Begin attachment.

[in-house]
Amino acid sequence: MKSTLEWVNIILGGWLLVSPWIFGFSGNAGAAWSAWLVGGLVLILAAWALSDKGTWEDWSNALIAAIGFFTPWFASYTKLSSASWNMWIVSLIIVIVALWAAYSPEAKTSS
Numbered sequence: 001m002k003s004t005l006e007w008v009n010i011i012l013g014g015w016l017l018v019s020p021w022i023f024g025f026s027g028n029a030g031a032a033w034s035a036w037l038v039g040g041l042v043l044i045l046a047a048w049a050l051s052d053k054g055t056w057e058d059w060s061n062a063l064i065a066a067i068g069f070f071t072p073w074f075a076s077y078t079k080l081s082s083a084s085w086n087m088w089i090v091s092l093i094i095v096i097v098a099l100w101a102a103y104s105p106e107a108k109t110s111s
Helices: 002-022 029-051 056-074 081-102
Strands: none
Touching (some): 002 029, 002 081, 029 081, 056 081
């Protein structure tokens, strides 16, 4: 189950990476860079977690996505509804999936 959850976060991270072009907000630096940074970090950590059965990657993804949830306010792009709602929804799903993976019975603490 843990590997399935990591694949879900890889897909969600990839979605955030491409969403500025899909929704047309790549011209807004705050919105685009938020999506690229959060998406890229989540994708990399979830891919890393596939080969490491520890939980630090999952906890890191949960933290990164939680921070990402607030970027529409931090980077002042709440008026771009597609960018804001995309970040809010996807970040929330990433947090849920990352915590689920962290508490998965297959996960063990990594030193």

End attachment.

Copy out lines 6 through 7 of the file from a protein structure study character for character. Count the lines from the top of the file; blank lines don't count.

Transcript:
Touching (some): 002 029, 002 081, 029 081, 056 081
């Protein structure tokens, strides 16, 4: 189950990476860079977690996505509804999936 959850976060991270072009907000630096940074970090950590059965990657993804949830306010792009709602929804799903993976019975603490 843990590997399935990591694949879900890889897909969600990839979605955030491409969403500025899909929704047309790549011209807004705050919105685009938020999506690229959060998406890229989540994708990399979830891919890393596939080969490491520890939980630090999952906890890191949960933290990164939680921070990402607030970027529409931090980077002042709440008026771009597609960018804001995309970040809010996807970040929330990433947090849920990352915590689920962290508490998965297959996960063990990594030193």